Without evidence of benefit, an intervention should not be presumed to be beneficial or safe.

- Rogue Medic

50 Plus Shades of Grey – Protocols

Continuing from the first two 50 Shades of Grey parts, David adds Part 3.

And that same medical director is usually the ones whose license paramedics work under.[1]

Paramedics do not work under a doctor’s license.

If I authorize you to drive my car, you are not operating the car on my license.

I could do street-side surgery and not endanger the doctor’s license.

However, when a system puts something in black and white, then this is what is to be followed. No Grey.[1]

Anything written in black and white has shades of grey. If not, there would not be much reason for a Supreme Court and all decisions by the court would be unanimous. They are working with black and white.

The question is whether our highest priority is the patient or the protocol.

Patients often do not present as black and white, but as grey.

Image source.

The requirement for a Mother-May-I phone call is based on mythology and has never been shown to protect patients. On the contrary, these magic phone call requirements endanger patients.

Epinephrine is not required in ACLS (Advanced Cardiac Life Support), but generally is required in EMS protocols in the US.

In the next revision of ACLS, don’t be surprised if the AHA (American Heart Association) changes their wording from consider to something that is less likely to produce the reflexive everybody dead gets epi that is in so many EMS protocols.

It is reasonable to consider administering a 1 mg dose of IV/IO epinephrine every 3 to 5 minutes during adult cardiac arrest (Class IIb, LOE A).[2]

Black and white. (OK, it is orange and white.)

ACLS does not provide us with any ALS (Advanced Life Support) treatment that improves outcomes, but we convince ourselves that ALS treatments improve outcomes based on wishful thinking and seeing it in black and white.

It is important to remember that there is no evidence that advanced airway measures improve survival rates in the setting of out-of-hospital cardiac arrest.[2]

For victims of witnessed VF arrest, early CPR and rapid defibrillation can significantly increase the chance for survival to hospital discharge.128,–,133 In comparison, other ACLS therapies such as some medications and advanced airways, although associated with an increased rate of ROSC, have not been shown to increase the rate of survival to hospital discharge.31,33,134,–,138 [2]

Understanding the importance of diagnosing and treating the underlying cause is fundamental to management of all cardiac arrest rhythms.[2]

It is important to understand that the routine ALS treatments probably harm patients, but our protocols tend to prevent us from following the ACLS guidelines.

We are only required to consider epinephrine. Unfortunately, the people writing the protocols do not seem to understand black and white, so the protocols tend to make epinephrine mandatory.

In the example David cites (the pdf does not open), the medic clearly should have called medical command to ask if he should have brought his gear on a call for a patient with difficulty breathing. He also should have called medical command to ask if he should have checked vital signs on the difficulty breathing patient, who apparently was not having difficult breathing due to death.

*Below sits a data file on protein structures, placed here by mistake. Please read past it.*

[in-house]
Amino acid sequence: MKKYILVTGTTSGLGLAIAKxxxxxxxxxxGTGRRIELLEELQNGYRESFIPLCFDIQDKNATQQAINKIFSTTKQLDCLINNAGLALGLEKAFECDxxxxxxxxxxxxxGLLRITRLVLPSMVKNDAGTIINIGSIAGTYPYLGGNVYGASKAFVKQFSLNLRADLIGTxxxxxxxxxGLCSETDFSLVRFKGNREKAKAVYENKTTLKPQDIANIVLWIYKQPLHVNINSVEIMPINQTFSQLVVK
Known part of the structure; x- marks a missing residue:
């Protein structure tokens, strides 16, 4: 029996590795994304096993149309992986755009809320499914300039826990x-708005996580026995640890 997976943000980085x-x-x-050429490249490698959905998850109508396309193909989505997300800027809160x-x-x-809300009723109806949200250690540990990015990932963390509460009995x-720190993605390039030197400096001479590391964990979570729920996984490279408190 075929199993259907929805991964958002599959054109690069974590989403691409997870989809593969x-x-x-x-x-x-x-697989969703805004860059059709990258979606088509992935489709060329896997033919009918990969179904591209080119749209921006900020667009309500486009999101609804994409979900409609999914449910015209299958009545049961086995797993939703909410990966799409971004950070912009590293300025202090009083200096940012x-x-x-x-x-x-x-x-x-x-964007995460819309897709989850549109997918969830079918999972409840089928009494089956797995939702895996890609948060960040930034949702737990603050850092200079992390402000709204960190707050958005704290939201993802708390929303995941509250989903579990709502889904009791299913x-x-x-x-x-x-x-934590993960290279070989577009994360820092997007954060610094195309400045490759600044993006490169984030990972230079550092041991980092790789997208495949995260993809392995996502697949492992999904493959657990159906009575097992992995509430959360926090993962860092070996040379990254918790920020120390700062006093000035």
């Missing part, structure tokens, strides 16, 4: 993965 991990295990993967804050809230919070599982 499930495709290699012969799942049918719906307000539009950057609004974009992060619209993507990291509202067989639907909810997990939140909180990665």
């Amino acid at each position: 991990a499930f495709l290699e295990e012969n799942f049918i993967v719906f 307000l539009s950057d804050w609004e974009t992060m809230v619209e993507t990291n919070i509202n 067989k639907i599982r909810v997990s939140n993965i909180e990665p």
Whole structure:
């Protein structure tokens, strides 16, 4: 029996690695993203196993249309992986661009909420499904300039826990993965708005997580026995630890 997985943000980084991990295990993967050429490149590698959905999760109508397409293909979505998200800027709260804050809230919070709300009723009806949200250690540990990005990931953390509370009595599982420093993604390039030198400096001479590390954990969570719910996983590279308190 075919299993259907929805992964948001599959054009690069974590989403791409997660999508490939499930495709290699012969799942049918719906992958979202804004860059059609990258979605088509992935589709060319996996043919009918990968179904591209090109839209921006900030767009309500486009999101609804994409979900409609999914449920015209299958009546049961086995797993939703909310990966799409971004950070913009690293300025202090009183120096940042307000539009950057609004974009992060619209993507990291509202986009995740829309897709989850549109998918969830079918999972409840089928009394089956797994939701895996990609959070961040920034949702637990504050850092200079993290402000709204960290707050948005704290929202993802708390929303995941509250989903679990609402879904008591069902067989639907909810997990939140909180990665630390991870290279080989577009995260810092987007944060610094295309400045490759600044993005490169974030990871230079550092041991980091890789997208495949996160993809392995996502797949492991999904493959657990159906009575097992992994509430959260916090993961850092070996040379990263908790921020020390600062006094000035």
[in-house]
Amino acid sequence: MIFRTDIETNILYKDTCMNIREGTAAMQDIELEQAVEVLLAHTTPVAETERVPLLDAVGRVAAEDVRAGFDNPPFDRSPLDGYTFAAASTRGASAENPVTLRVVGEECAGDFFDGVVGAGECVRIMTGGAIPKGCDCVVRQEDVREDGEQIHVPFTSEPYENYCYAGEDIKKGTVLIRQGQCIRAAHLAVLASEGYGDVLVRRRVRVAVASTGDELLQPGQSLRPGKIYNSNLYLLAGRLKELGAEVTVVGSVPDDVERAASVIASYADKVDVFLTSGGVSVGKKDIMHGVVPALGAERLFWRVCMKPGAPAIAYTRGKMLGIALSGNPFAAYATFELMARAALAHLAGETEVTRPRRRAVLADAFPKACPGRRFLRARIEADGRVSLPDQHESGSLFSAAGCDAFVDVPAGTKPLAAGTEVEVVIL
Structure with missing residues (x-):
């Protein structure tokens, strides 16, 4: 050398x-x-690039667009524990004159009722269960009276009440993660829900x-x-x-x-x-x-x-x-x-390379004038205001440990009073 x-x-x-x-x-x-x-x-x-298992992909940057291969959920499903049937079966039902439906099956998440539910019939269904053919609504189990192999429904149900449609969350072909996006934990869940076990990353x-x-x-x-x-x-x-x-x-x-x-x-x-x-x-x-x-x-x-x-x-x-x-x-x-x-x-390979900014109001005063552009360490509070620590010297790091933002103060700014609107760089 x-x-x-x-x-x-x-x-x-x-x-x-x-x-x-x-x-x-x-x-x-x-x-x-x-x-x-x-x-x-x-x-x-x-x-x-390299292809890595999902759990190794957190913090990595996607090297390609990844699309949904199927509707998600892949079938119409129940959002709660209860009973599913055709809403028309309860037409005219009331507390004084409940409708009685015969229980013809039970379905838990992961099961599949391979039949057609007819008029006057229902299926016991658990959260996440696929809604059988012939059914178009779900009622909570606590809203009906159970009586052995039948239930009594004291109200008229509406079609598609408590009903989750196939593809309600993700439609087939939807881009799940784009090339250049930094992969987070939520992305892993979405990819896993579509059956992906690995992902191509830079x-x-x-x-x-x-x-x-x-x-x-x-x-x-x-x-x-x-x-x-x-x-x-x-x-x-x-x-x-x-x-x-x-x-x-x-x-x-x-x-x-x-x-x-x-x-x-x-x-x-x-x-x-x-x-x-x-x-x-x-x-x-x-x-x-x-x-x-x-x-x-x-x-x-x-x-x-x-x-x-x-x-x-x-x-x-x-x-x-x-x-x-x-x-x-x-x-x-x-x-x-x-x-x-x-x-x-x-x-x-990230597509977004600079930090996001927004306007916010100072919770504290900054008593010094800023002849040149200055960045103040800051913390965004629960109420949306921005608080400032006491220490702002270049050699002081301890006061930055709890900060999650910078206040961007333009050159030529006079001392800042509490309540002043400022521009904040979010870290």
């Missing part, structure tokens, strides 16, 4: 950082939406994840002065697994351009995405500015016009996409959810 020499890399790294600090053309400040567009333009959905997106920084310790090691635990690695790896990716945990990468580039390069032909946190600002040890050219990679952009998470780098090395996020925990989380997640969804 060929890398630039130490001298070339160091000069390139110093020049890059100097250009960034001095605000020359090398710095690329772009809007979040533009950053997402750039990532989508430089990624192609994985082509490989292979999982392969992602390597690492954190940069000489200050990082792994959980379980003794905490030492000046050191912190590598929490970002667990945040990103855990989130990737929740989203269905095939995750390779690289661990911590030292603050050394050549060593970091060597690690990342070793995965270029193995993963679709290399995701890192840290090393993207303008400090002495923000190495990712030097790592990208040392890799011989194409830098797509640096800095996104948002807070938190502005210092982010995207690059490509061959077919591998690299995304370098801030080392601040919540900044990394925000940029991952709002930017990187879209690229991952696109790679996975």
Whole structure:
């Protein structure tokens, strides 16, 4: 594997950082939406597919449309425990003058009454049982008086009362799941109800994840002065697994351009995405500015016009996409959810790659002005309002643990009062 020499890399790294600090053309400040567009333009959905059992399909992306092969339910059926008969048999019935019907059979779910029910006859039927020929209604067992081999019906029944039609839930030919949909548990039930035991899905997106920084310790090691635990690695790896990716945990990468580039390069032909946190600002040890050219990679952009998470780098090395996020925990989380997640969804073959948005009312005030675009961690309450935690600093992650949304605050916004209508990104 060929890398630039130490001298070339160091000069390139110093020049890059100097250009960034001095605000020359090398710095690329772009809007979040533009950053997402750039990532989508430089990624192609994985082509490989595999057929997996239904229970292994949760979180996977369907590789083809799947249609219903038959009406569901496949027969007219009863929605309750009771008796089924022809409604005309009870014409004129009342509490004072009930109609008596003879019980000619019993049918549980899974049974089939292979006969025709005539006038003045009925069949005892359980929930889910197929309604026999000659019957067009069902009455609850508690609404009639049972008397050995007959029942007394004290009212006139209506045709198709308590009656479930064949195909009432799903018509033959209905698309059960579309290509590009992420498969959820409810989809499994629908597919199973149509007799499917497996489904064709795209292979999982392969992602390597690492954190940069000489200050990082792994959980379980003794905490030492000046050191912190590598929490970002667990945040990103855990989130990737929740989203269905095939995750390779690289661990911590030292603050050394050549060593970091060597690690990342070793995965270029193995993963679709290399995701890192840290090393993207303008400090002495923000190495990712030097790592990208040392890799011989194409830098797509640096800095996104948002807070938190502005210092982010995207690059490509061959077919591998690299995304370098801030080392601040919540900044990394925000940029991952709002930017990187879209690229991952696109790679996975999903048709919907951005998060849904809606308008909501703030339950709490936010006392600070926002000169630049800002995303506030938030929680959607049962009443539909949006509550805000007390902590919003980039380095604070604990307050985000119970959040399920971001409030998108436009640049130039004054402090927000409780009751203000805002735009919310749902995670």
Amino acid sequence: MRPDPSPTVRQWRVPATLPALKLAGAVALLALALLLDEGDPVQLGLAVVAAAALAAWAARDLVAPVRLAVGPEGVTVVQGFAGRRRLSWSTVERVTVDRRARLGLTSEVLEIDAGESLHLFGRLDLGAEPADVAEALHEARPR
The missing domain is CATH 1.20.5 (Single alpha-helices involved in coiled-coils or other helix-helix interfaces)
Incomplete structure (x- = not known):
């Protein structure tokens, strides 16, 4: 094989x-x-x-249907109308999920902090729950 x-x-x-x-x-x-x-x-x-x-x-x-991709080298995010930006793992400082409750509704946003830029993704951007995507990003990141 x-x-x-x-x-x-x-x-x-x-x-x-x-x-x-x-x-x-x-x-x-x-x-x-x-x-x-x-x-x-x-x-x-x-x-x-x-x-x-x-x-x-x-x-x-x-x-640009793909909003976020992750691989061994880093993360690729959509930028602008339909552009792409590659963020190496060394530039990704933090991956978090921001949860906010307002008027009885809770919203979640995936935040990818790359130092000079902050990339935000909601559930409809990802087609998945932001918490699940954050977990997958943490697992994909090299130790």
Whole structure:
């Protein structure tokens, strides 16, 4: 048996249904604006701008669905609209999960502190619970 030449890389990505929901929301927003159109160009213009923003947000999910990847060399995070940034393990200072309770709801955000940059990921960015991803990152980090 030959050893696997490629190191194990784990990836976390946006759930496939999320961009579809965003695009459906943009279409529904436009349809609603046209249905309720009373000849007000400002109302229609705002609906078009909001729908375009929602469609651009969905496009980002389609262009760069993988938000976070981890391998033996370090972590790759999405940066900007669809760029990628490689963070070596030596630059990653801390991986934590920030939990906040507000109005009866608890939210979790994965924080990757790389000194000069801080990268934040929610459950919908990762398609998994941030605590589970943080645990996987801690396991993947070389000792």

Magic phone calls encourage medical directors to keep these medics working, because they have to call to do anything dangerous.

That is the idea. That is not the reality, as this example makes clear.

Walking a patient to the ambulance is also something that should only have been done after a Mother-May-I phone call. The same for the IV medication – giving it or withholding it. We can’t be too careful.

It is not at all clear that either the walking or the lack of however much IV medication (probably just saline solution) contributed to the death of the patient.

It is also not clear that the death would have been prevented or that a lawsuit over the death would have been prevented.

The apparent mandatory nature of protocol makes this a protocol violation and therefore grounds for a law suit.

The failure to bring equipment on a difficulty breathing (or cardiac arrest) call and the failure to assess for vital signs are signs of horrible judgment that were not addressed by Mother-May-I phone call requirements. The failure is the dependence on the Mother-May-I phone call, rather than a requirement to assess the competence of the care delivered to patients by the paramedic.

Poorly written, inflexible protocols are not oversight. A magic phone call requirement is not oversight.


[1] 50 Shades of Grey…Protocols (Part 3)
David Aber
The EMS Difference
July 13, 2012

[2] Part 8: Adult Advanced Cardiovascular Life Support
2010 American Heart Association Guidelines for Cardiopulmonary Resuscitation and Emergency Cardiovascular Care
Free Full Text from Circulation



  1. As a Brit I’ve always found the concept of a ‘mother may I’ phone call an odd concept. I’d love to see if there is a significant difference in training that warrants it.
    U.S paras certainly seem knowledgeable from what I’ve read.

  2. Tim,
    I think we can agree that we disagree on this subject. I will leave you with few points from my post.
    1) Where I work we DO operate under a physicians license.

    (22) “State EMS Medical Director” shall mean a physician who is board-certified by the American Board of Emergency Medicine and/or by the Osteopathic Board of Emergency Medicine and who shall be the chief physician for the statewide emergency medical system and under whose license all EMS providers shall operate for the purpose of delivering the standing orders of the statewide standard treatment protocol